Straight To Video

The 5 Best Videos Of The Week

Tom Breihan | January 25, 2013 - 11:19 am

Did nobody want to release a big, important video the same week that the Coachella lineup came out? Because there were no big, important videos this week. But there were some fun smaller ones, and we’ve got five of those below.

5. Foals – “My Number” (Dir. Dave Ma)

A concise, convincing argument that female dance crews are way, way more fun to watch than male rock bands. Maybe that’s the future? Female dance crews? Maybe I should go work for a blog that only chronicles the female-dance-crew world.

4. Helado Negro – “Dance Ghost” (Dir. David W. Merten)

I’ve seen something like eight million music videos that take place in the city of Miami. This one might be the least glamorous, but it’s also the first one since Trick Daddy’s heyday to convince me that Miami might be a fun place to visit.

3. The Cribs – “Leather Jacket Love Song” (Dir. Andy Knowles)

Most of this one is made up of footage of the adolescent Cribs in 1997, getting ready to play their first show, with the current-day Cribs Forrest Gumped into the picture sometimes. Confusing! But oh man, those haircuts alone. Those haircuts are like shaggy, terrible time machines, and they give me an overwhelming urge to buy a Tastykake eclair and haul ass home from school so I can get there in time for Gargoyles. (I was not the coolest teeanger.)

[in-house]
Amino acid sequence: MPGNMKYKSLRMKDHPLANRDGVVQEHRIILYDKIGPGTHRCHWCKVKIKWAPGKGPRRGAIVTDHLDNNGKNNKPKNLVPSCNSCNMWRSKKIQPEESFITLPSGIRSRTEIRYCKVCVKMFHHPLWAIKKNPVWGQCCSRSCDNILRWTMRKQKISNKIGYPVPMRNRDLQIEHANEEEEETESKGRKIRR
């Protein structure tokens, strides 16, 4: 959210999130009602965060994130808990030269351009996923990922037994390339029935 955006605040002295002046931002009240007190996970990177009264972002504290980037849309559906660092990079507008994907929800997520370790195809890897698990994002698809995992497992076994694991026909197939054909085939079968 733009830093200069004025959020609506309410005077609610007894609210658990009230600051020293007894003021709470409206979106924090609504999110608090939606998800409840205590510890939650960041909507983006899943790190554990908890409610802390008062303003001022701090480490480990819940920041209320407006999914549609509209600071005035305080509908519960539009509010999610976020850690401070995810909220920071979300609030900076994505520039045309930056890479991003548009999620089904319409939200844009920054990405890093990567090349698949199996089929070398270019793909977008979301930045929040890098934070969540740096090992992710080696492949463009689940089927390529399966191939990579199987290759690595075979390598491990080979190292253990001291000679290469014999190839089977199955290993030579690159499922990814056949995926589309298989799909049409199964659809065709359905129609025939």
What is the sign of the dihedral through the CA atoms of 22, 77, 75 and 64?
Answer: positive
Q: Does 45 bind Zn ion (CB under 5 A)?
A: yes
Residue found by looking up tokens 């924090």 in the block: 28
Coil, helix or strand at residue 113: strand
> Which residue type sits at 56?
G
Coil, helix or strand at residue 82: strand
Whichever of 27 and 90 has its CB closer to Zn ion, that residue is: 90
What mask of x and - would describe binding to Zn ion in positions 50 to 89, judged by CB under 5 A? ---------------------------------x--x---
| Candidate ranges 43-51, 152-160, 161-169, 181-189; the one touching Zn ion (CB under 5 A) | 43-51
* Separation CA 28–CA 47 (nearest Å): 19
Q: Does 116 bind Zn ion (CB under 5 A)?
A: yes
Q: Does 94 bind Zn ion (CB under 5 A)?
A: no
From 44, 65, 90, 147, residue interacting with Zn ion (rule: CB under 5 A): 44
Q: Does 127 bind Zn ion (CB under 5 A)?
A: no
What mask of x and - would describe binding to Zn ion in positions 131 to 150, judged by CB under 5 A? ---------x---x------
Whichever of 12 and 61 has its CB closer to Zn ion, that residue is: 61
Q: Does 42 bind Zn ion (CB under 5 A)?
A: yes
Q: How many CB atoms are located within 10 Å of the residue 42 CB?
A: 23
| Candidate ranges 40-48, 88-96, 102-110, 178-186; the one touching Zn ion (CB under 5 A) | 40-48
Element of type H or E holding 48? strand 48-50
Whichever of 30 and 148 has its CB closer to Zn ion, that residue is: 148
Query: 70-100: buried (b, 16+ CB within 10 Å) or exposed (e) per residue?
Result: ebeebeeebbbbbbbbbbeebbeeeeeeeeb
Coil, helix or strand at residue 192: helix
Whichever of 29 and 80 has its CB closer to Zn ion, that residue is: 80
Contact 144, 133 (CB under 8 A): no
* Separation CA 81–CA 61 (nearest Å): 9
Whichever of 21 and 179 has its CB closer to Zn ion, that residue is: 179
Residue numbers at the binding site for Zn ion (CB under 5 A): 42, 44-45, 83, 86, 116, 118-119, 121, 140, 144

2. Widowspeak – “Locusts” (Dir. The Craig Brothers)

When music videos are limited to bands playing in a single location, things usually get very boring. But when the location is a 1966-looking film set, shot in lush black-and-white, with the band members artfully arranged into iconic poses and sharing space with go-go dancers, things suddenly get a whole lot more interesting. Also, not to be that guy, but Widowspeak singer Molly Hamilton is very, very good at being on camera.

1. Dizzee Rascal – “Bassline Junkie” (Dir. Megaforce)

This one is actually from the very beginning of the year, but I missed it because I stopped checking for Dizzee Rascal when he became a cheesed-out British dance-pop star. Mistake! Because somewhere along the line, he apparently developed an admirably cartoony sense of humor. Here, he’s a bass-music evangelist, and his toady’s facial expressions are basically my favorite thing ever.